I am reading through The Rare Jewel of Christian Contentment by the Puritan preacher, Jeremiah Burroughs, published post-humously in 1648 (1). Dana and I have a special affinity for Jeremiah Burroughs. It was in studying his book, Gospel Worship, and in discussions with the teacher and his wife, Chris and Mary Axtel, that we realized our theology aligned joyfully to Reformed theology.
Burroughs spends the first third of The Rare Jewel defining godly contentment which is not to be confused with resignation or simple happiness. The contentment of which Burroughs speaks is the same that Paul claimed in Philippians 4:11-13, “Not that I am speaking of being in need, for I have learned in whatever situation I am to be content. I know how to be brought low, and I know how to abound. In any and every circumstance, I have learned the secret of facing plenty and hunger, abundance and need. I can do all things through him who strengthens me” (2). Paul’s contentment is a settled, pleased, resting in the sovereign, benevolent rule and reign of King Jesus in his life, no matter his circumstances.
In his first chapters, Burroughs dives deep into “the mystery of contentment” of which the world can only speculate and wonder. One of the fifteen mysteries identified by Burroughs is that the godly (Burrough’s word for the redeemed) live on the dew of God’s blessing, that the Christian can get food that the world does not know of; he is fed in a secret way by the dew of the blessing of God (pp. 56 – 60).
Burroughs observes that the poor man or woman who has but a little with grace, lives a more contented life than his rich neighbor who has a great income… though they have but a little, yet they have a secret blessing of God with it, which they cannot express to anyone else. If you were to come to them, Burroughs contends, and say, “How is it that you live as happily as you do?” they cannot tell you what they have; but they find there is a sweetness in what they enjoy and they know by experience that they never had such sweetness in former times. Even though they had a greater abundance in former times than they have now, yet they know they never had such sweetness; but how this comes about they cannot tell.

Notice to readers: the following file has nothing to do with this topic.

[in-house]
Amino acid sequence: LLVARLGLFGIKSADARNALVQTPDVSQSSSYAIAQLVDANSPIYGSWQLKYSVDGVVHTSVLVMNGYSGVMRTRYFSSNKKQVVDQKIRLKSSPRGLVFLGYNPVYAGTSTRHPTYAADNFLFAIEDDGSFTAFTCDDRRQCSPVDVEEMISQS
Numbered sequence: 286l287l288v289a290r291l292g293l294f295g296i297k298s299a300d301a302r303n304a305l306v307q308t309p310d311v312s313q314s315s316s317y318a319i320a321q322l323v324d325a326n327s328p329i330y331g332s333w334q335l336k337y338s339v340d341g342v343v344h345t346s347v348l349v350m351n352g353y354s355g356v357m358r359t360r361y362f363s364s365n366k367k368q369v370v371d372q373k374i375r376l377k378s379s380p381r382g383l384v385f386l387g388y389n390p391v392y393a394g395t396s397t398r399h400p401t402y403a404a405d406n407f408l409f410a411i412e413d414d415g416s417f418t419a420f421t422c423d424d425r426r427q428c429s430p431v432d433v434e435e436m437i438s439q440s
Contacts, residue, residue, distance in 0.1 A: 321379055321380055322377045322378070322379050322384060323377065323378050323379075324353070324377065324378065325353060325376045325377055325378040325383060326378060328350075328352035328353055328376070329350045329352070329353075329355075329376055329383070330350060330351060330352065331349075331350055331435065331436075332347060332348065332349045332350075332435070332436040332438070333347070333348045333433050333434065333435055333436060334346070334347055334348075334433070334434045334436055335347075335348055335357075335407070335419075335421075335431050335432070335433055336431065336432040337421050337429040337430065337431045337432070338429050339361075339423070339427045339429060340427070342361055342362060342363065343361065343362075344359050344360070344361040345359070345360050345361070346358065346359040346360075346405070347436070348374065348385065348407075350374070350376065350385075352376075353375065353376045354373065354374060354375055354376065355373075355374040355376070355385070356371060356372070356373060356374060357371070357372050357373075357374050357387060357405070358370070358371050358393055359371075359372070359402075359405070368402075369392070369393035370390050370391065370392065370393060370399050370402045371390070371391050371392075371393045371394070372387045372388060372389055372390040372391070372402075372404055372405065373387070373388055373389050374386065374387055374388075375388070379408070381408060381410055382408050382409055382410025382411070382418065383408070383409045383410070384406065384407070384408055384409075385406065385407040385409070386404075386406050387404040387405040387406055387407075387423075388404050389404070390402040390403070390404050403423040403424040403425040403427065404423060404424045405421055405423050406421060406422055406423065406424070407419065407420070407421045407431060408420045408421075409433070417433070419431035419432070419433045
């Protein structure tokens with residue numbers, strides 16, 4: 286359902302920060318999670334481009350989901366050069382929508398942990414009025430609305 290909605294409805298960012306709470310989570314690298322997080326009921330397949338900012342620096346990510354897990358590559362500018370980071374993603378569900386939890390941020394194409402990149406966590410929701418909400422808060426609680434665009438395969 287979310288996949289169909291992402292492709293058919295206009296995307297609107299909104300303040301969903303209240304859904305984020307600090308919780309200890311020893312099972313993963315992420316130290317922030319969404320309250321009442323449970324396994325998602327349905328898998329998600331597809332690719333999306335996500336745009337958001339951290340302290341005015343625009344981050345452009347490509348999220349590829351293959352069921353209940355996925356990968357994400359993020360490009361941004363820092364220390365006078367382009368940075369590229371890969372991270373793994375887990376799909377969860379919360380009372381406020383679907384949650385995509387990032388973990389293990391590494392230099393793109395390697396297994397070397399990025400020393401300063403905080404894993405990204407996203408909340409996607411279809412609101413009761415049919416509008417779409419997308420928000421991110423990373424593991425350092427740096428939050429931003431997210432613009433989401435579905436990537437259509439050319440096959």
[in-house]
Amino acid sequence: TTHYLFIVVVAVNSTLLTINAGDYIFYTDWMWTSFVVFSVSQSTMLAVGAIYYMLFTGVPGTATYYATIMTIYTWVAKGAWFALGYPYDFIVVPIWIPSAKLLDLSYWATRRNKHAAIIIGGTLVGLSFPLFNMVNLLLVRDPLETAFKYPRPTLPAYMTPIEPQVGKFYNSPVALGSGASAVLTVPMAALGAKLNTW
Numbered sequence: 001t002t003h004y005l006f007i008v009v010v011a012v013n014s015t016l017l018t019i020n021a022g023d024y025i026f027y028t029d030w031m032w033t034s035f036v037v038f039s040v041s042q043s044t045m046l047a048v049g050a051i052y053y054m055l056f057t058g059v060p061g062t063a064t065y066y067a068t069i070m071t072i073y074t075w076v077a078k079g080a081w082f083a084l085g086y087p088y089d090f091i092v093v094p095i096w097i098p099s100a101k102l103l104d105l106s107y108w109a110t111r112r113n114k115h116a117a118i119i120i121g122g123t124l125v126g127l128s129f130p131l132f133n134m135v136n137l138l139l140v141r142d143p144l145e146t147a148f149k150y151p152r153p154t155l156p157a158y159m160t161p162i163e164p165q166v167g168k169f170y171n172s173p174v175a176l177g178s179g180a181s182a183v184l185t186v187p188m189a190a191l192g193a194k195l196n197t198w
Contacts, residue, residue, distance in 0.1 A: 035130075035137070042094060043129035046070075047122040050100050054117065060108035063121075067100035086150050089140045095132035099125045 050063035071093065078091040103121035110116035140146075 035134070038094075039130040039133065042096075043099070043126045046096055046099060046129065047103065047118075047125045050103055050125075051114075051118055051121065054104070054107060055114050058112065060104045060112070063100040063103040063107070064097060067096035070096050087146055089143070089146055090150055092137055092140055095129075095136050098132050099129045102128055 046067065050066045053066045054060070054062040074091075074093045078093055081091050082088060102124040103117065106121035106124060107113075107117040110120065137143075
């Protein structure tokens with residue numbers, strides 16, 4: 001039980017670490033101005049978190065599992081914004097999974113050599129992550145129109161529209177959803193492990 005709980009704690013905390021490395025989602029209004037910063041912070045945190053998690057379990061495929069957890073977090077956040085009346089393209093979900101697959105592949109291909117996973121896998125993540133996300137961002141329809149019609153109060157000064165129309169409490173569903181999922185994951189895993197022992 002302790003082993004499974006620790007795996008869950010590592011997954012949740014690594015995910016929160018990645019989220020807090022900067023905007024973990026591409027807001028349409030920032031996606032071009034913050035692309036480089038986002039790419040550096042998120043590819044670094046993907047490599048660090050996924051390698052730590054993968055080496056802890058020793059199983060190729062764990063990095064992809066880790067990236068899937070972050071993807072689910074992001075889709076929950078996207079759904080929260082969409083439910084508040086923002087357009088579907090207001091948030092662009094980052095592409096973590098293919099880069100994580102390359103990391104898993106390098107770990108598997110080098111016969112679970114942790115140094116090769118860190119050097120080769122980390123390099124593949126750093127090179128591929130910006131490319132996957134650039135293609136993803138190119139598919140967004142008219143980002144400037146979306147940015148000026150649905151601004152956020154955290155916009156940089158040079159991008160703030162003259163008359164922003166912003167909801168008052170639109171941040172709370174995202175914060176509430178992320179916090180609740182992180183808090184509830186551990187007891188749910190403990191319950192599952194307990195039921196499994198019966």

Burroughs identifies considerations with which a godly man finds contentment in what he has, “though it is ever so little.”
1. In what he has, he has the love of God to him. Every good thing the people of God enjoy, they enjoy it in God’s love, as a token of God’s love, and coming from God’s eternal love to them, and this can’t help but be sweet to them.
2. What they have is sanctified to them for good. A gracious heart (i.e. one who has received God’s grace) finds contentment in this: I have it and I have a sanctified use of it too. I find God goes along with what I have – to draw my heart nearer to him and sanctify my heart to him. If I find my heart drawn nearer to God by what I enjoy, that is much more than if I have it without any sanctifying of my heart by it. “There is a secret dew that goes along with it.”
3. A godly man may very well be content though he has only a little, for what he does have he has by right of Jesus Christ, by the purchase of Jesus Christ. A child of God has not a right merely by donation; what he has is his own, through the purchase of Christ. Every bit of bread you eat, if you are a godly man or woman, Jesus Christ has bought it for you. You go to market and buy your meat and drink with your money, but know that before you buy it, or pay money, Christ has bought it at the hand of God the Father with his blood. You have it at the hands of men for money, but Christ has bought it at the hand of his father by his blood.